Don’t wait too long before seeking assistance for the loved ones in your care.
There comes a time when families may have to consider if there is a better alternative than home care for a spouse, older parent or relative. Care of a loved one, at some point, can become overwhelming, whether in his or her home or living with the family. Reasons include age, infirmity, cognitive decline and disability. Other factors include the health of the caregiver and job or family responsibilities.
In an ideal situation, there is time to find an alternative living arrangement because planning enhances choice. Having a family conversation, or several over a period of time, about a person’s immediate and future care needs makes any transition smoother. Part of this planning process should be to find and evaluate a skilled nursing care center or assisted living community that offers needed services in proximity to a family member or the caregiver’s home.
When the time comes to plan for relocation, families should “think inclusion.” Take potential residents on tours of various settings and include them in meetings that relate to their health and future. Transitions can be stressful for older adults who suddenly have to deal with an unfamiliar situation and environment, leave a spouse or friends and give up some independence and control over daily routines. Always treat the person needing care as an adult.
The good news is that helpful information is readily available:
- Many websites, like CareConversations.org, offer free information.
- U.S. News & World Report has an online list of the top 50 nursing homes.
- State governments provide Medicaid eligibility and offer general consumer information.
- Always check the Web pages of the facilities you are considering.
- Medical professionals and members of the clergy can give good advice and referrals.
- Licensed professionals, such as estate and financial planners and attorneys, sponsor seminars.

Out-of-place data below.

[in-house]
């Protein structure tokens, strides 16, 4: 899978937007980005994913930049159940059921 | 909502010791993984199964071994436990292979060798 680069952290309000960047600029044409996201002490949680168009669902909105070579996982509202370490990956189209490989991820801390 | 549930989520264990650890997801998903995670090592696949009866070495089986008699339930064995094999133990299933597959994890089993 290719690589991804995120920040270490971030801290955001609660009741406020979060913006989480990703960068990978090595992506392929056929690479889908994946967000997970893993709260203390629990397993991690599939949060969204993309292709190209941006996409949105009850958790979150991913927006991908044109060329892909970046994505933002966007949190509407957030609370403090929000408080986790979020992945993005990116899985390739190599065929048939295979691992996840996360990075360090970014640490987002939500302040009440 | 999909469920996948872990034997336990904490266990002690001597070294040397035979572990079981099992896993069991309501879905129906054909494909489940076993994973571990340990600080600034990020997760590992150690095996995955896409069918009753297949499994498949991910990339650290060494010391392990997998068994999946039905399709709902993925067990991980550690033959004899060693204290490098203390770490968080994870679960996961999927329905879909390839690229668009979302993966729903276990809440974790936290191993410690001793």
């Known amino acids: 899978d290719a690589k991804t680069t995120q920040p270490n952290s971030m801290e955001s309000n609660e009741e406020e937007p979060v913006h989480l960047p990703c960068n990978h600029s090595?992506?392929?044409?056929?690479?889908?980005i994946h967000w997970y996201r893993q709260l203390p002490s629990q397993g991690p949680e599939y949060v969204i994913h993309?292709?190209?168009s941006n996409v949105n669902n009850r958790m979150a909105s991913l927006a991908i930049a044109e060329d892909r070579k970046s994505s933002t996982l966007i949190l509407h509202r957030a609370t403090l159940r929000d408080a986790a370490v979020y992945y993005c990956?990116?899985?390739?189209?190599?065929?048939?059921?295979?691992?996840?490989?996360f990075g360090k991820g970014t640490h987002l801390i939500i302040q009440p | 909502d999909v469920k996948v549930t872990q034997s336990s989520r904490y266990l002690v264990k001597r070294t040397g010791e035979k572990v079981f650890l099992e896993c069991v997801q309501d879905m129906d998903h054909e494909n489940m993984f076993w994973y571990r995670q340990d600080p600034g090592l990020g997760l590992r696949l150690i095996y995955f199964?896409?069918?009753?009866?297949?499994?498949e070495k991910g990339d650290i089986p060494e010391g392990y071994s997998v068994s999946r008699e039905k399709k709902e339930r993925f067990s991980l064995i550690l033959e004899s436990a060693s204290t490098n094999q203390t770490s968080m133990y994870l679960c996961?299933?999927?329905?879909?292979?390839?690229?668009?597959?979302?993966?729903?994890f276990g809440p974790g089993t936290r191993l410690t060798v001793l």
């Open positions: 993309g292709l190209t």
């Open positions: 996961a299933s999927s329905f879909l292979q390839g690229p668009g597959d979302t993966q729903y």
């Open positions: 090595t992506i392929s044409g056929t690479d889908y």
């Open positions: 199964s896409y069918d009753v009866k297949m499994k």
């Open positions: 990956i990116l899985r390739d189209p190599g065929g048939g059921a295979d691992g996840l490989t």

- Recommendations from people who have had personal experience are useful.
- The federal government website Medicare.gov/NursingHomeCompare rates care centers nationwide.
Health professionals say that upon admission to a care center or assisted living community, residents are initially uncomfortable with their situation. Even if it was the loved one’s choice, family members may have feelings of anxiety or guilt. Social workers note that it takes at least 30 days for everyone to adjust, make new friends and settle into a new environment. On a promising note, families no longer need to be the caregiver and can focus on socializing with Mom or Dad, or a spouse.
Caregiver consideration Here are a few things to keep in mind while caring for a loved one.
Things families should know
Is there is a durable power of attorney or living will? What financial institution handles banking or investments? Who is the family physician? Identify medications. Unfortunately, all too often people only deal with needing alternate settings when a crisis happens, such as a parent breaking a hip, becoming ill or wandering off. These cases force families to scramble to find an appropriate alternative with an available bed without properly considering all the ramifications of the situation.
Medicaid is the largest payer
People without substantial assets will most likely be immediately eligible for Medicaid, which is a means-tested government health care program. If a person plans to do estate planning, it has to occur well in advance of needing this program because state Medicaid will “look back” several years for large transfers of assets. If they find any, this may disqualify a person for Medicaid benefits for many years.
Medicare is easily misunderstood
Surveys routinely report that the public believes that Medicare or health insurance pays for care in a nursing home. It does not. Medicare pays partially for a short stay in a nursing home only after the patient has spent a minimum of three consecutive days officially admitted to a hospital. Medicare is primarily for beneficiaries who have sustained an injury, suffered a stroke, or had surgery (hip or knee replacement) that requires intense physical, occupational or speech therapy provided in a skilled nursing care center.
In some areas, assisted living refers to “residential care centers.” These facilities offer, a home-like setting, greater autonomy and varying levels of supervision and personal or medical assistance. This setting is appropriate for individuals no longer able to live alone and who need help with tasks, such as medications. Nursing homes, professionally called “skilled nursing care centers” or “health and rehabilitation centers,” offer 24-hour staffing to provide comprehensive clinical and other services, such as rehabilitative therapies, to those requiring a greater level of care than assisted living, either for a short recovery period after a hospital procedure or as longer-term residents.
W. Thomas Burke is the Senior Director of Public Affairs for the American Health Care Association/ National Center for Assisted Living. He is a graduate of Syracuse University, and has served for over 20 years as a consumer specialist in skilled nursing, post-acute care and assisted living. Burke has also been a guest author and presenter in many media forums and venues.